The Lakers are reportedly Leonard’s preferred destination. Of course, San Antonio isn’t obligated to send him there. But he can influence the process by stating a plan to sign with only certain team(s) in 2019 unrestricted free agency.
The Celtics and 76ers might have better assets to send the Spurs. But if only the Lakers have a commitment from Leonard to re-sign, they might offer a greater share of their assets than Boston or Philadelphia would (especially if Los Angeles believes acquiring Leonard would be the first domino in also landing LeBron James and Paul George).
Between Lonzo Ball, Brandon Ingram, Kyle Kuzma, Josh Hart and future first-round picks, the Lakers could offer roughly commensurate value for Leonard. San Antonio might not like those particular players, but a third team could always get involved. Send some combination of Ball, Ingram, Kuzma and Hart to a team that wants them and have that third team convey players more desirable to the Spurs.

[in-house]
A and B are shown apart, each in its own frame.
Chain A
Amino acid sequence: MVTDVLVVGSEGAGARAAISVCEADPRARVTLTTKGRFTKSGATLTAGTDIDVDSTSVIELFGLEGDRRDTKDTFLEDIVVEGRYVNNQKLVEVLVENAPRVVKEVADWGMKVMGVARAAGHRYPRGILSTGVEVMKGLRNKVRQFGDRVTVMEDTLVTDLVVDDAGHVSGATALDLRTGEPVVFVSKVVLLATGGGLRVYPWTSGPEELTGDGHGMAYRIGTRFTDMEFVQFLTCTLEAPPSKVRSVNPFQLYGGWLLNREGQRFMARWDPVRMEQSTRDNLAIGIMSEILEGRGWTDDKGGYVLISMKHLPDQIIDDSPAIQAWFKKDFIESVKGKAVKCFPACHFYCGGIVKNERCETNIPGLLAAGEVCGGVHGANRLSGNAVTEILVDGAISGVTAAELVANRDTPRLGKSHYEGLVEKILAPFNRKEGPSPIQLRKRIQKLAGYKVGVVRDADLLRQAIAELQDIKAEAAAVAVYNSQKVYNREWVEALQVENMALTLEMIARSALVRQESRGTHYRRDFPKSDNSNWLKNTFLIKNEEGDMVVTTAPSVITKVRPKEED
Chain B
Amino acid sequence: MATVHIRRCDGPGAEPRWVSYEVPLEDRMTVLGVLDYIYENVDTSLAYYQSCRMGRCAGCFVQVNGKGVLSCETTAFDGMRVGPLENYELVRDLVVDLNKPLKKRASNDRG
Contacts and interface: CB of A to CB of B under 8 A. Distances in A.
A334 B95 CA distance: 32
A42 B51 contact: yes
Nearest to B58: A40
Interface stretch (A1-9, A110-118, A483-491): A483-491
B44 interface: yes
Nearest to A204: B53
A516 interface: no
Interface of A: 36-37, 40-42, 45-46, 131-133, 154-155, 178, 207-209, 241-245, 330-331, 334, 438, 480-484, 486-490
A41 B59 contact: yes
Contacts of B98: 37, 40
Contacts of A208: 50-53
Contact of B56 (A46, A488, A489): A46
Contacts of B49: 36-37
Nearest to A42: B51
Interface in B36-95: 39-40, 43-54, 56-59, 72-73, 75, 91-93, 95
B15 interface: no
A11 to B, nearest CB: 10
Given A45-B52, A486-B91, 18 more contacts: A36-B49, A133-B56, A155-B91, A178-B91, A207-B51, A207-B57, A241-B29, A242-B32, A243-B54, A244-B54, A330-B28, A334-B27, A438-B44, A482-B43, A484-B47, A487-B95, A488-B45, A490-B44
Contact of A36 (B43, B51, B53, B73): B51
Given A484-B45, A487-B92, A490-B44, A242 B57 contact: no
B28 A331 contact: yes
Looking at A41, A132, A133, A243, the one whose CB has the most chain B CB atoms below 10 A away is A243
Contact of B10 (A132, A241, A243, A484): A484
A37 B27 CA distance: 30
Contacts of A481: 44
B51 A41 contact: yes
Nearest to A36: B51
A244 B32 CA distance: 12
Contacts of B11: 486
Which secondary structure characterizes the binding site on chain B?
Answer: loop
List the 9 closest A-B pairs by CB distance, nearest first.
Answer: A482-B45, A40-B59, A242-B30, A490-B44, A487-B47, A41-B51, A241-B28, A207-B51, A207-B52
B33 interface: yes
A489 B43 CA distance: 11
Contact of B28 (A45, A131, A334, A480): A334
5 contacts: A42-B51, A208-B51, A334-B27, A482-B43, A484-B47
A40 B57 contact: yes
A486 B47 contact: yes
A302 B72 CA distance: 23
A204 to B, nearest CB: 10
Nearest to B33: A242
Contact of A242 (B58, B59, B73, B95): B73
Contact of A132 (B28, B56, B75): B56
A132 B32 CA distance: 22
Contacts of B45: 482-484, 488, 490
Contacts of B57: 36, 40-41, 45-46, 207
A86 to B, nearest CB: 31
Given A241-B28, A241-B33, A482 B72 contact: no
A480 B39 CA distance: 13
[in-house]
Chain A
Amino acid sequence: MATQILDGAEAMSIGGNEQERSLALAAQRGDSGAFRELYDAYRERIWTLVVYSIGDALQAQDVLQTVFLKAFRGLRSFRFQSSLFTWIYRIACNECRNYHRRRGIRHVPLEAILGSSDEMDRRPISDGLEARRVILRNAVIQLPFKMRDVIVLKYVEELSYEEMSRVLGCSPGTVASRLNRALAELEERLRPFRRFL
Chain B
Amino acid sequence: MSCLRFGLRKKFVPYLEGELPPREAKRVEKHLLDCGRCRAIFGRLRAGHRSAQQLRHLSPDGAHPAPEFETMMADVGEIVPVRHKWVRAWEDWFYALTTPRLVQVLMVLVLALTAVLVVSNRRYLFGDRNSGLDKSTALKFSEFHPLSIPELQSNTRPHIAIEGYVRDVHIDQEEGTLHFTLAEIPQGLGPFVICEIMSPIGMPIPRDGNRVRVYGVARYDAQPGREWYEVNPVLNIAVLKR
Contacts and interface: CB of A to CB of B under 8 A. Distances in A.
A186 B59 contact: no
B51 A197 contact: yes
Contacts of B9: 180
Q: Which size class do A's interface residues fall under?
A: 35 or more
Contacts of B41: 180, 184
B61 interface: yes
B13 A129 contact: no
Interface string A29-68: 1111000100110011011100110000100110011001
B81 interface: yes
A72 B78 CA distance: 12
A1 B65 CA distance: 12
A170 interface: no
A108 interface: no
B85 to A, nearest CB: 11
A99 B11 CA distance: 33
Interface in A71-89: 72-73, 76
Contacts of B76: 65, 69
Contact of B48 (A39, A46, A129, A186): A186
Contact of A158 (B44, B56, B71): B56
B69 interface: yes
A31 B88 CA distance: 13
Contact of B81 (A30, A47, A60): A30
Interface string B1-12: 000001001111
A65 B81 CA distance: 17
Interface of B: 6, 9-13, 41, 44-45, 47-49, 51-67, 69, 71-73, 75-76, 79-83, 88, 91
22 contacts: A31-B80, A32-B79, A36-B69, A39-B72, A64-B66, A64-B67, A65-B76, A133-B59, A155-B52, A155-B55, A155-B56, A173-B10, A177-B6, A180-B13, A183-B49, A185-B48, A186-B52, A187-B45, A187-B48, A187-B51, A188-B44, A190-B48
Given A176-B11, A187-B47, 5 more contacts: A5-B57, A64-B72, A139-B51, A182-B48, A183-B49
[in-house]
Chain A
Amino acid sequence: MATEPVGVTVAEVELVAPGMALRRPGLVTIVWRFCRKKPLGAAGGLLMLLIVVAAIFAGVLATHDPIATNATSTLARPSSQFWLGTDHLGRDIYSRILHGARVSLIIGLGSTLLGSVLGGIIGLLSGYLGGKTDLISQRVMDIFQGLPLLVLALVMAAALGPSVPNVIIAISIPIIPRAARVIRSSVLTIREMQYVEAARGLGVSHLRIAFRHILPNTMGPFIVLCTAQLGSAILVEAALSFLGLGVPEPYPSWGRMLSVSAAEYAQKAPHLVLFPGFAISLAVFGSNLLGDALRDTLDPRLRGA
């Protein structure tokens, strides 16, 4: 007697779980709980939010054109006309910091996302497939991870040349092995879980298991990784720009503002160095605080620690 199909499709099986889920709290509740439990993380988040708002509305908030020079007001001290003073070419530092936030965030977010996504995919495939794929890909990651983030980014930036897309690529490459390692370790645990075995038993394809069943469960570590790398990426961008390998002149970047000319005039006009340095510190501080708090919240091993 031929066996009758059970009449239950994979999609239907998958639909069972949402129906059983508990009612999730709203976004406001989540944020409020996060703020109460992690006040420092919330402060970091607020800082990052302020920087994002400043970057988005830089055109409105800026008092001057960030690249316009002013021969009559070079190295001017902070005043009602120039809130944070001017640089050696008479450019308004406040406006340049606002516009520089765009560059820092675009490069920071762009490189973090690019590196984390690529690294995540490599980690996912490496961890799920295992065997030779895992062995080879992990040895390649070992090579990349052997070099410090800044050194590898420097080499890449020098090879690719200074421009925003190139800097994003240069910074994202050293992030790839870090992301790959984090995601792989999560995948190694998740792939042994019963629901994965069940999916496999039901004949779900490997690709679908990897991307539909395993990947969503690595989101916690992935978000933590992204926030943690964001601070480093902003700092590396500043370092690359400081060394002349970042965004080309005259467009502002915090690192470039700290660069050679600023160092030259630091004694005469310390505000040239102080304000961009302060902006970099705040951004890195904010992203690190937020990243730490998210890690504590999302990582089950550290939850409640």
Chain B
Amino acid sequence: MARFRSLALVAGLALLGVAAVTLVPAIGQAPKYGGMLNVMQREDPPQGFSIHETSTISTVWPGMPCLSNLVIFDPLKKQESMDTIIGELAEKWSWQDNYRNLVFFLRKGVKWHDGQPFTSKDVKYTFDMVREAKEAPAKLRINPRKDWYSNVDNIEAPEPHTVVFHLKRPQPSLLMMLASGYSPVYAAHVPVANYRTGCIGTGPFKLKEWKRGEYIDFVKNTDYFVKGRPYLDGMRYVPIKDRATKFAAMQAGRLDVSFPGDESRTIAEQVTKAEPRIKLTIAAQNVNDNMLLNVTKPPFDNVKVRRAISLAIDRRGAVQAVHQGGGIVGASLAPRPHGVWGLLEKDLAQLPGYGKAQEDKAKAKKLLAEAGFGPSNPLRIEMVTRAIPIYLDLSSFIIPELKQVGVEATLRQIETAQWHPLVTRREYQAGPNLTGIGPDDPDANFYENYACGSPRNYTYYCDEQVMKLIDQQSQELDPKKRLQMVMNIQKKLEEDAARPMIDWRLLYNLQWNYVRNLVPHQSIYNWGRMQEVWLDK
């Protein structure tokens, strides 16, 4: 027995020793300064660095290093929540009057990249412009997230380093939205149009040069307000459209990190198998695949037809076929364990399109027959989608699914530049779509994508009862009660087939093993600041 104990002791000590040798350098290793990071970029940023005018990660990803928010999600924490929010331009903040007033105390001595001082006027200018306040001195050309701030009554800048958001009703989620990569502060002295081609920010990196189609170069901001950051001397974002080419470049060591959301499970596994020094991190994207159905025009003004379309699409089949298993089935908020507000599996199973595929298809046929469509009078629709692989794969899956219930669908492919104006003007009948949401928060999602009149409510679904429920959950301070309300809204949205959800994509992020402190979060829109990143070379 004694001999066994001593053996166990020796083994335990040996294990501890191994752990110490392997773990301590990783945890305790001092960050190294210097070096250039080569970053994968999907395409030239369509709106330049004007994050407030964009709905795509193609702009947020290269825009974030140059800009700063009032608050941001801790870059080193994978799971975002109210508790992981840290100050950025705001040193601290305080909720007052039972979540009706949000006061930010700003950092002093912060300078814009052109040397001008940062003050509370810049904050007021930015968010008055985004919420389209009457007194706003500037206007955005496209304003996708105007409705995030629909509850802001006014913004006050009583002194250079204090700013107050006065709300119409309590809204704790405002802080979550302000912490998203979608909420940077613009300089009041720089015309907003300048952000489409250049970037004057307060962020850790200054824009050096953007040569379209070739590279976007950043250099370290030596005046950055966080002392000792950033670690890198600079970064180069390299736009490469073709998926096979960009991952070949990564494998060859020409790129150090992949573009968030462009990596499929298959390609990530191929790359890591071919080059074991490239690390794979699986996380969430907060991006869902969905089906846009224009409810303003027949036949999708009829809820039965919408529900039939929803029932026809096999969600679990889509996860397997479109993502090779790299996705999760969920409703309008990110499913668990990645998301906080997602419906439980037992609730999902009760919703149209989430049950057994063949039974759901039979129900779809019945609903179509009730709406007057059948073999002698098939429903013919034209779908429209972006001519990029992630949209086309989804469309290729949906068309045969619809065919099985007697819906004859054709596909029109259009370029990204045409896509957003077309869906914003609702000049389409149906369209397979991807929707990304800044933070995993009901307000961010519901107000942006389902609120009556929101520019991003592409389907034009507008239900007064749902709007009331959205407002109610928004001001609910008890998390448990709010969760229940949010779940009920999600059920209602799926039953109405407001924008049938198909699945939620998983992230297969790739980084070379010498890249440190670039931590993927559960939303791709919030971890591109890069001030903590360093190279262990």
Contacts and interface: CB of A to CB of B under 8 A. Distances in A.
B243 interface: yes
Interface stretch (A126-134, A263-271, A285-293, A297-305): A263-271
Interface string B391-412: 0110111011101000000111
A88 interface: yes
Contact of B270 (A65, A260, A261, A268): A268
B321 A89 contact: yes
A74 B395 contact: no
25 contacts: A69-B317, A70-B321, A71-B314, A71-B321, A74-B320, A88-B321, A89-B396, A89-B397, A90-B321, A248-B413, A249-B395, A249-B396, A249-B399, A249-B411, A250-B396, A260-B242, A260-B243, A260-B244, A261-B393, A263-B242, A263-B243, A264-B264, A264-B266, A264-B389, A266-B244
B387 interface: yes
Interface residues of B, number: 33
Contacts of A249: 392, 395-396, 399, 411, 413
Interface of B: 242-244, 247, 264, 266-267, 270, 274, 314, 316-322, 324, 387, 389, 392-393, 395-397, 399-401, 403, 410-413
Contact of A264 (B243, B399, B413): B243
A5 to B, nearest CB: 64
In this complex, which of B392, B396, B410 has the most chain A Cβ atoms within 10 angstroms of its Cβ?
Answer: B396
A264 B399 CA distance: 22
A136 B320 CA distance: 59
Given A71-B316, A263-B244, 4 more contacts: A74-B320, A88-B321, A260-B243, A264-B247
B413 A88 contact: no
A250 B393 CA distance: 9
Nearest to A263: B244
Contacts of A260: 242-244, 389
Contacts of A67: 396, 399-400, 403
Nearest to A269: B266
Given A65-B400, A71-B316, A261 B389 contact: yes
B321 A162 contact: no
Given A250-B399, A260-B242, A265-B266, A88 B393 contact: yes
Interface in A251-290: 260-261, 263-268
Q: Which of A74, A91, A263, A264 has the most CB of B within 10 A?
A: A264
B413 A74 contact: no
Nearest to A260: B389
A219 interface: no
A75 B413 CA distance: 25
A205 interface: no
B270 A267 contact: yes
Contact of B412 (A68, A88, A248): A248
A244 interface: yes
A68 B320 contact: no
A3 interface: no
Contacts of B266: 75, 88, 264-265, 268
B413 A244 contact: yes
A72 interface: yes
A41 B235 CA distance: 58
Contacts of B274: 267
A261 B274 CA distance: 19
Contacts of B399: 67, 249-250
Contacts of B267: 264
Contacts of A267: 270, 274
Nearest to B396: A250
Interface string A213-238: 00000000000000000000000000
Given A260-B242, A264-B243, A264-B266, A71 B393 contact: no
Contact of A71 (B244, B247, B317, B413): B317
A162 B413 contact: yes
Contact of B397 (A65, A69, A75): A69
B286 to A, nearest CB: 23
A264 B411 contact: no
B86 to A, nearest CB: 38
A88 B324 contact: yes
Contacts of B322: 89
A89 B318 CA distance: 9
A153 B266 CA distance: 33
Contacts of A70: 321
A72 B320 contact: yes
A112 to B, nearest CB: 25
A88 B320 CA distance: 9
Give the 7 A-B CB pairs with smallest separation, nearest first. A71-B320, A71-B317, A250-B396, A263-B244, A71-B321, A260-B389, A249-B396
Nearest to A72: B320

But that takes thoughtful negotiating, and San Antonio doesn’t seem interested.
There’s a belief San Antonio won’t trade Leonard to a Western Conference team, especially another historically strong franchise like the Lakers. That sentiment seems foolish to me, but it didn’t emerge out of thin air. There are real people – and real hurt feelings – involved here. Grudges sometimes trump rationality.
Maybe the Spurs will eventually explore whether the Lakers present the best offer. But this is at least circumstantial evidence San Antonio will handle this crisis stubbornly.
It’s hard to see through all the smoke and tell if things around the 2018 NBA Draft are solidifying as we get to fewer than three hours before the Phoenix Suns go on the clock.